29/03/2023 strategic-culture.org  5 min 🇬🇧 #226286

Tchaikovsky's Nato Requiem

Declan Hayes

NATO's campaign against Tchaikovsky and, by extension, against all Russian and global culture may best be viewed as a chess game where NATO are the white hats and civilisation must play black.

NATO's campaign against Tchaikovsky and, by extension, against all Russian and global culture may best be viewed as a chess game where NATO are the white hats and civilisation must play black. NATO's aim in this sick game is to uncouple Tchaikovsky from the rest of his team, to control the cultural centre of the board and, by removing him from their cultural chess board, to pulverise Russian culture, to demote the Russian language to a patois of little, if any, significance and to say that Russian culture is as nothing to the riches Zelensky and his cross-dressing friends bring to our culturally diverse world.

Though it is a solid, if somewhat demonic plan, Tchaikovsky's CV makes it fatally flawed. It cannot and must not succeed.

Tchaikovsky, recall, is best known for his ballet scores and his 1812 overture, which maps his fellow Russians' demolition of Napoleon's Grande Armée. Though ballet, Le Grande Armée and being a long dead Russian make strange bedfellows, taken together, they show why NATO is on a fool's errand with this cultural terrorism.

Ballet's roots are in Italy, France and Tsarist Russia.  Here, for example, is Louis X1V, France's Sun King, dancing the part of Apollo in the ballet Royal de la Nuit. As Louis X1V was France's equivalent of Tsar Peter the Great, who introduced ballet to Russia, it is fair to say that ballet owed its original prominence to the patronage of Tsars and Sun Kings. Thus, Russia's Imperial Ballet School was founded in 1738 and the equally world-famous (Moscow) Bolshoi Ballet Company first saw the light of day in 1773, whereas the Kyiv (sic) Ballet School, then called the National Opera of (Tsarist) Ukraine only began operations in 1867, some 57 years after the founding of the (Tsarist funded) Odessa Opera and Theatre Company and more than 100 years after St Petersburg staked its claim to be East Europe's cultural powerhouse.

The importance of those historical tidbits is that Tsarist Ukraine was a Johnny Come lately in ballet and NATO renaming  Degas' Russian dancers as Ukrainian dancers because Degas' palate included yellow and blue is as crude, acultural and uncouth as anything else emanating from Zelensky's rotten Reich. Rewrite history as they might, Moscow and St Petersburg were Eastern Europe's operatic powerhouses and anyone arguing otherwise is delusional at best and mad as a Ukrainian hatter at worst. Russia, for better or worse, remains the world's pre-eminent exponent of ballet and, if NATO and her thuggish cronies wish to continue to ban Tchaikovsky's ballets and the great Russian troupes, who are its best exponents, the loss is theirs and all the young girls, who dream of dancing Swan Lake or the Nutcracker. Shame on those savages.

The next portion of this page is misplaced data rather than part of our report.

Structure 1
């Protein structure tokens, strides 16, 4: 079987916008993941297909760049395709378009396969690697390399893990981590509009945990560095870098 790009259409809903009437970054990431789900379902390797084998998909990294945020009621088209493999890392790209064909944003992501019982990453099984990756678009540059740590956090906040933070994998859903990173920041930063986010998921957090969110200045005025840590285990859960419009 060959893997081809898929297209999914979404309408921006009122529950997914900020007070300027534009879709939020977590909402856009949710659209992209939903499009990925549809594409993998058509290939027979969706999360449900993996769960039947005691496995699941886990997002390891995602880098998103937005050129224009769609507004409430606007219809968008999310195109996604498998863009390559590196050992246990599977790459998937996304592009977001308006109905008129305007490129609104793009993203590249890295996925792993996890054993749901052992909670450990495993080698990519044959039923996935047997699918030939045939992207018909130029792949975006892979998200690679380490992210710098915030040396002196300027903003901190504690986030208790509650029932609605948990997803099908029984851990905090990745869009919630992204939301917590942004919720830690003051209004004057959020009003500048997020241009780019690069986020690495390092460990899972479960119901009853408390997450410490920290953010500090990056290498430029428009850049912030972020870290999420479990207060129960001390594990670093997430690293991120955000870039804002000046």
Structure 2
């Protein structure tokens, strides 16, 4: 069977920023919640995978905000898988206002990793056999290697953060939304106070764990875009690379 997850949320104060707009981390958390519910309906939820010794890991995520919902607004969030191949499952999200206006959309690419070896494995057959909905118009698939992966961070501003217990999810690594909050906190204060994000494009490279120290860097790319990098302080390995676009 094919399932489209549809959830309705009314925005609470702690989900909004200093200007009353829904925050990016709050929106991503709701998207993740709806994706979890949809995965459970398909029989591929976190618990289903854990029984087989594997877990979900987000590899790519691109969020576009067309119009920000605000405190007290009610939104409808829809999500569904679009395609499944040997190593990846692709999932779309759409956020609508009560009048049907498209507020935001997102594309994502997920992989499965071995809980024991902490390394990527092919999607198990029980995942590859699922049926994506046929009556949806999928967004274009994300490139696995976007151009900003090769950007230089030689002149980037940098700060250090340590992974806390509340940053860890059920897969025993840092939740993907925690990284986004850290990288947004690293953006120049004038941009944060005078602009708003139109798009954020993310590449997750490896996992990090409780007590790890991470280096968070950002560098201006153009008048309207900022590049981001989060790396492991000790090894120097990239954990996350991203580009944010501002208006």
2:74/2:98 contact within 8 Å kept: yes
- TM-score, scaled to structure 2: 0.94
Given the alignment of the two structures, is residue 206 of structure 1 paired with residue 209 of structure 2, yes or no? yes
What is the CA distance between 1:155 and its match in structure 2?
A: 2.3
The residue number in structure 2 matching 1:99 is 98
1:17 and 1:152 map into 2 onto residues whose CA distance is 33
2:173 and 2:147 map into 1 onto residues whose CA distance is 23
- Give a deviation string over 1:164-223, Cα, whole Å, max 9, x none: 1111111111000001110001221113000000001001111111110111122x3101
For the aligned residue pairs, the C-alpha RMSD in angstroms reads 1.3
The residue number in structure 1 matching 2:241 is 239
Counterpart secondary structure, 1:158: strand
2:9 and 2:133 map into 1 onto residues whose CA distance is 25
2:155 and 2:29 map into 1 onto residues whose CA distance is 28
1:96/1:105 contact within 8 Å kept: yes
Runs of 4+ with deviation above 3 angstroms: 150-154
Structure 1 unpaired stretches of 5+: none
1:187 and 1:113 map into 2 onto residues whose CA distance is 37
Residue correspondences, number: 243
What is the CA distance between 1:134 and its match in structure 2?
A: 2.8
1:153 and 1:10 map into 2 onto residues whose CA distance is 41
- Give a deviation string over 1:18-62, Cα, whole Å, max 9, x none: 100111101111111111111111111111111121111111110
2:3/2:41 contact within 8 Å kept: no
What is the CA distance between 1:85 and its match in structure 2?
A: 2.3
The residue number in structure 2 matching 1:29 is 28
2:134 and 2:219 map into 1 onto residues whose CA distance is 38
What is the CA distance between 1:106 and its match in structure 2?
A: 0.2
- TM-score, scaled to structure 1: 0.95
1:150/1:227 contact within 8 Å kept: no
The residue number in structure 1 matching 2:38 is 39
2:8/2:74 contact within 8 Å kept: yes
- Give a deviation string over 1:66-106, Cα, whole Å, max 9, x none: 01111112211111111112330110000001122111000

And then we have the 1812 Overture which Tchaikovsky was commissioned to write and which was meant to be first showcased outside Moscow's Cathedral of Christ the Saviour, which was likewise built as a monument to Tsar Alexander's defeat of Napoleon.

Moscow has a simple remedy there. All they have to do is have an annual Tchaikovsky concert in the Cathedral and, perhaps also simultaneously reach out to Ukraine by getting them to put on drag shows by Zelensky and Pussy Riot in their own commandeered cathedrals. I know which one I would prefer.

Finally, and perhaps most damning of all, Tchaikovsky was a Russian, albeit one who kept his professional distance from The Five who were at the heart of the New Russian School, who tried to develop a distinctly Russian national style of classical music. Although Tchaikovsky successfully threaded Russian (and French) motifs into his 1812 Overture, the Five were no xenophobes as they were all very amenable to Orientalist influences.

Thus, though NATO trying to cast Russian culture adrift by attacking Tchaikovsky is a fool's errand, as the fool knows not that the fool knows not, it is a waste of time arguing with these Philistines. Far better to enjoy Russia's great composers and to allow Chinese and other civilised folk perform them throughout Russia.

To make it easy on Russia's critics, one could always learn Georgian to read the much acclaimed poems of Stalin without, of course, endorsing Stalin's later career choices. Although NATO's cross dressing Ukrainian comedians would argue that Stalin's poems or those that influenced him should not see daylight, that would mean banning all of Georgia's greatest poems and poets and show how truly absurd these NATO savages are at heart.

NATO's problem in erasing Russian or, for that matter, Georgian or Armenian culture, is that they are so firmly enmeshed with all that is best in the world's other great cultures. Not only is this latest NATO effort at cultural vandalism a possible war crime but it is, at heart, a foolish and fascistic exercise.

Tchaikovsky and all of Russia's great composers can only be extirpated by the extirpation of culture itself. As long as Moscow, St Petersburg and Russia's other great cities stand, so will Russian, Chinese and other civilised peoples flock there to see the greatest exponents not only of Tchaikovsky but of Russia's other gifted geniuses as well. And, though Chinese and other civilised people will continue to be welcome there, Ukraine can continue to console herself that she still has the cross-dressing Zelensky and the crack addict Hunter Biden to amuse their troops, and many others of us as well.